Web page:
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Leigh Salter's picture
Leigh Salter Joined: 9th December 2010
Last seen: 4th August 2011

Wendy Matthews

Leigh Salter's picture
Leigh Salter Joined: 9th December 2010
Last seen: 4th August 2011

Wendy Matthews was about as far removed from the meat-pie ‘n’ beer Aussie rock landscape as her Canadian roots, but through persistence, the willowy former session vocalist was poised to become one of this country’s biggest singer/songwriters. 21 years on from her against-the-grain solo debut, Émigré, the Australian (officially since 2005) vocalist, is celebrating the anniversary in a retrospective tour she’s calling Standing Strong.

“I guess now is a good time to celebrate what I’ve been doing for two decades.” Matthews says in accent equal parts Canadian and Australian. “Show some sort of evidence of employment. I’ve been a bit of a freak for most of my life in that I’ve never had a real job. This is all I’ve ever done and it has totally determined the course of my life.”


Her future direction became a little clearer when, while living in LA in 1983, Matthews - who was getting casual work as a session singer - by chance met legendary Australian singer Glenn Shorrock, who convinced her to sing on his album and fly to Sydney to tour in his band. “Glenn was the sort of guy that would come off stage after a gig and still want to sit around the piano and play music just for fun, so we had no problems connecting.” Wendy recalls. Her motivation to start a new life in Australia however was hampered at first by a fear of rejection by what she perceived as an unforgiving pub-rock scene.


“My first experience of a female singer who’d made it in Australia was Chrissie Amphlett of Divinyls and it kind of scared the crap out of me, because she had this machismo – it was a very male oriented rock scene – and I thought I was never going to be accepted into that world.” Matthews was not only, but was in hot demand as a session singer with many top rock acts.
“I glimpse back to those times and I’m so grateful to those bands.” For the rest of the 1980s, Matthews’ singer/songwriter roots were largely put on hold while she bumped shoulders with the crème of Aussie rock – Icehouse, Models, Richard Clapton, Barnes – though she dabbled in advertising jingles to keep the land lord off her case. She laughs, “Not everything I did back then I’m proud of.”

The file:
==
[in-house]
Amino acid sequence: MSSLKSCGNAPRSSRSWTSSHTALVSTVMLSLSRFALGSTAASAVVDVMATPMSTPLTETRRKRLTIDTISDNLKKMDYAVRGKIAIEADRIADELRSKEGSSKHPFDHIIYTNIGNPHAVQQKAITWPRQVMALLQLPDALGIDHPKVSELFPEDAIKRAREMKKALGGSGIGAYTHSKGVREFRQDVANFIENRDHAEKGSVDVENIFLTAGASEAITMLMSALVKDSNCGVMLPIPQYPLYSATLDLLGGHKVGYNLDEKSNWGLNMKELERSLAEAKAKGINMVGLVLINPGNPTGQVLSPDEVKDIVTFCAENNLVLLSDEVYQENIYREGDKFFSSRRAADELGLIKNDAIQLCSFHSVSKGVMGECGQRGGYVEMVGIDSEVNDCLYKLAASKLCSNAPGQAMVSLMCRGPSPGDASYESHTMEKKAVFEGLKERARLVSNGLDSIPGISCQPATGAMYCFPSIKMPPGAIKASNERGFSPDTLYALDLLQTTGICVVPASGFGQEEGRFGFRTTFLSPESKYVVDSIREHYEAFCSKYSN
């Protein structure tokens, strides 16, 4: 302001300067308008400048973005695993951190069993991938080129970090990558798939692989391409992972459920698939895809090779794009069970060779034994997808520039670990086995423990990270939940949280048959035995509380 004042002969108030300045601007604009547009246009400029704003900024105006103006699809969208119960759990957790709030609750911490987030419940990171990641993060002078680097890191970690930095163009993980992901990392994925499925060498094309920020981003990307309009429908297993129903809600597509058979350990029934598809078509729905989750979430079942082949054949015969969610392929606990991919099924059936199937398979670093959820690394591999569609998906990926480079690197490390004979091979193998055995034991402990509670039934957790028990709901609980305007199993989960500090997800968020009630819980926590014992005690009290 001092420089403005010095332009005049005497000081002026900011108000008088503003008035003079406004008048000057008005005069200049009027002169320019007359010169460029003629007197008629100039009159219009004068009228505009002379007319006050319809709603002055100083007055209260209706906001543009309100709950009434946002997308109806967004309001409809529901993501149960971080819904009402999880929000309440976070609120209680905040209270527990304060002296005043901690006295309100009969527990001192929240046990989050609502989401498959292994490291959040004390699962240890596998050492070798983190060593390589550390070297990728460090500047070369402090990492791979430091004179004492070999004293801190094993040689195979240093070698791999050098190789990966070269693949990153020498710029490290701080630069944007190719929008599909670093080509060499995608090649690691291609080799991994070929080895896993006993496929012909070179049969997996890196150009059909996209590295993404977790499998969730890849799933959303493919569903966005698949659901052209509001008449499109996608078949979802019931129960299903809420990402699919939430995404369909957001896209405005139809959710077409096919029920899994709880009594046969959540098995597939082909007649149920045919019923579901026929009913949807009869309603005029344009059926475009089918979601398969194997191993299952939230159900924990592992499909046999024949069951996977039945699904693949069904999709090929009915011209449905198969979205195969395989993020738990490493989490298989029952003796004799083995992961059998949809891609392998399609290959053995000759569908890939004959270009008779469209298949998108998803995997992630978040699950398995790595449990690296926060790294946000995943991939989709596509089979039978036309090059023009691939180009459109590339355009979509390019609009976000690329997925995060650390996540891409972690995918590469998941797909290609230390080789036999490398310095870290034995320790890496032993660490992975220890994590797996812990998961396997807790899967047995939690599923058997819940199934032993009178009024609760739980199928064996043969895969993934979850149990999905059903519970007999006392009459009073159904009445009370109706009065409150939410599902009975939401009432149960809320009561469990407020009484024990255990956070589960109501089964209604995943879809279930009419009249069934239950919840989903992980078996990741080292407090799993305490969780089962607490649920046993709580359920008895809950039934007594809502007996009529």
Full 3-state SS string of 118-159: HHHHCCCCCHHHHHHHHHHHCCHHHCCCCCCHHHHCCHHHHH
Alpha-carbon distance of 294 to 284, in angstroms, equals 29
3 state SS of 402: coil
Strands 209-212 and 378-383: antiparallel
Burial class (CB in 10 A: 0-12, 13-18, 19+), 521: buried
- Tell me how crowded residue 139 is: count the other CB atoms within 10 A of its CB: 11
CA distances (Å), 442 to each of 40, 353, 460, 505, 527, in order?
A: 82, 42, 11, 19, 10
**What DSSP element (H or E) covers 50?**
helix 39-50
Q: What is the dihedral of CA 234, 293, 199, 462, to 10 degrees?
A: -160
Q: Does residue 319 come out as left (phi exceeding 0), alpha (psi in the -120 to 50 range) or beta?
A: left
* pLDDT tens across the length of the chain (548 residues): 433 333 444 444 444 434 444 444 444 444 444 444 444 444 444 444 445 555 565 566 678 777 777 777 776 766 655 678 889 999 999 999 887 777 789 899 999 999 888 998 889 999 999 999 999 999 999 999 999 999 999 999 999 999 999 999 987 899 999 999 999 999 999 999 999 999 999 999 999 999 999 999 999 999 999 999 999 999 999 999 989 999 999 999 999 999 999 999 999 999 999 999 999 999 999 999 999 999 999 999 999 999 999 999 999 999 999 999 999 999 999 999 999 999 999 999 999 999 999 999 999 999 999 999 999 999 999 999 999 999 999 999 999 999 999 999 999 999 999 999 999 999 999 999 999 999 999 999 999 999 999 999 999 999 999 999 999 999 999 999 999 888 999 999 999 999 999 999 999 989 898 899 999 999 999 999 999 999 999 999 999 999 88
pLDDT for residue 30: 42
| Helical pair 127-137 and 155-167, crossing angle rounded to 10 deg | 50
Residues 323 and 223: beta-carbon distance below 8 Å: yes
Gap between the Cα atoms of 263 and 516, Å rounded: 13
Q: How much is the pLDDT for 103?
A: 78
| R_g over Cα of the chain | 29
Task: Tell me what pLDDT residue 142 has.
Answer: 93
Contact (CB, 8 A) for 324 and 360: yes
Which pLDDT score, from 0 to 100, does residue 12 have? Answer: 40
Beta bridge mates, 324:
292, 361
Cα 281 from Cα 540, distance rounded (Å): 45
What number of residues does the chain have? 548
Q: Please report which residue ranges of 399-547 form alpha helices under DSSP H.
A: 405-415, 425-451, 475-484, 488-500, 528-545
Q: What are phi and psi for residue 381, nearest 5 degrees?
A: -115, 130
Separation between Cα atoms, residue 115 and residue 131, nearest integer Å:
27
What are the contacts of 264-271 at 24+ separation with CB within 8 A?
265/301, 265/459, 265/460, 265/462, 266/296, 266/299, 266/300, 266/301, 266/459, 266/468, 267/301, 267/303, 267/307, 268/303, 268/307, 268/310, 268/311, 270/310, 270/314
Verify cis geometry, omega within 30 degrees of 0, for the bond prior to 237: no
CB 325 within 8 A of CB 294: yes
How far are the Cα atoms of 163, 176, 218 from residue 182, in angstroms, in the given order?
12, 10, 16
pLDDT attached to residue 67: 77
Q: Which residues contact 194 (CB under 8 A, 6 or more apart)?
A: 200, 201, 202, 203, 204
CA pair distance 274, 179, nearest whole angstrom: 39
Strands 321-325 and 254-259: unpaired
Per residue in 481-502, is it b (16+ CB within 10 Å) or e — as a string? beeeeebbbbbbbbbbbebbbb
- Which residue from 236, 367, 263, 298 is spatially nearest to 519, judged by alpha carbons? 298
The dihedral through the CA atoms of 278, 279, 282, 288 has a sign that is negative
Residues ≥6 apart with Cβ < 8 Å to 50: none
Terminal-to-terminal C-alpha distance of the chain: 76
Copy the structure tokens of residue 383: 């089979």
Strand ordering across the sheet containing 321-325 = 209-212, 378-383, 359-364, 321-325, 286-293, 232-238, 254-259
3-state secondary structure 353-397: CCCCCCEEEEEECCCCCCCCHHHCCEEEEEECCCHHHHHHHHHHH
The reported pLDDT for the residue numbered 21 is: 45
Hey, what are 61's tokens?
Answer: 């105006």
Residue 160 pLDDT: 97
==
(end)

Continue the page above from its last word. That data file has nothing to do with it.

After Matthews performed on three of the biggest Australian albums of the late ‘80s - Models, Out Of Mind Out Of Sight, The Rockmelons, Tales Of The City and Kate Ceberano’s You’ve Always Got The Blues – her rise to top billing artist was almost in the bag. The turning point came when Models split in 1989, resulting in the James Freud-led Beatfish and, importantly for Matthews, her then-partner Sean Kelly’s project, Absent Friends. At last the Canadian chanteuse was on lead vocal for the 1990 single, I Don’t Want To Be With Nobody But You.


“Things come in waves, and I guess that was my time for things to work out, but I know now that it’s impossible to keep the vibration going at such a high level for very long. I mean the thing about being independent is that you don’t get that level of marketing which is what labels are so good at and so I see that time as wonderful, but also impossible to repeat.” Absent Friends only saw out the year before Sean Kelly split the band to form The Dukes, while Matthews went on to record Émigré – her solo debut which spawned the hit Token Angels.


30-years-old, having spent half of her life performing, Matthews acknowledges the weirdness of her bestowed ‘best new-comer’ status. “I’ve debuted more times than I can count,” she exclaims. “I guess my debut was as a singing goat on Sesame Street, really.” It’s hard not to get sidetracked by Matthews’ Sesame Street connection, but the wow moments keep piling up. A support slot on James Brown’s Australian tour led to Matthews sharing the stage with the Godfather for a couple of songs. “It almost doesn’t feel real.” Wendy acknowledges, “It’s like I’m talking about somebody else’s experience.”  Many great music moments have come and gone for Wendy, but her finest hour was less a personal experience than a song Australian’s claimed as their own.


“I was terrified of releasing The Day You Went Away into the climate of what was on radio at the time. I mean it was just a piano and heartbeat and I thought I was gonna be eaten alive, but that song proved to me that your average radio listener out there was wanting different stuff to what was being offered.”


The Day You Went Away - from Matthews’ second album, Lily - was arguably given gravitas by the fact Australian’s were still serving in the first Gulf War. Coupled with a video depicting a couple separated by war, the single outsold every other local release that year, which finally dissolved Matthews’ old fear of being seen as an outcast in the ‘hedonistic Aussie rock scene.’


“I’m somebody who loves to be moved by music, and the success of that song proved I was in good company.” She says, “But you know, reactions to it have been so, so varied, I mean I have had women say to me, ‘Nothing helps my baby get to sleep like your voice in that song. So for a while I thought, ‘Oh my god, I’m going become known as the baby whisperer.’”


Celebrate 21-years of great music with Wendy on her Standing Strong tour, starting Wednesday July 13 at Wellers Restaurant, Thursday July 14 at The Hallam Hotel, and Friday July 15 at Shoppingtown Hotel.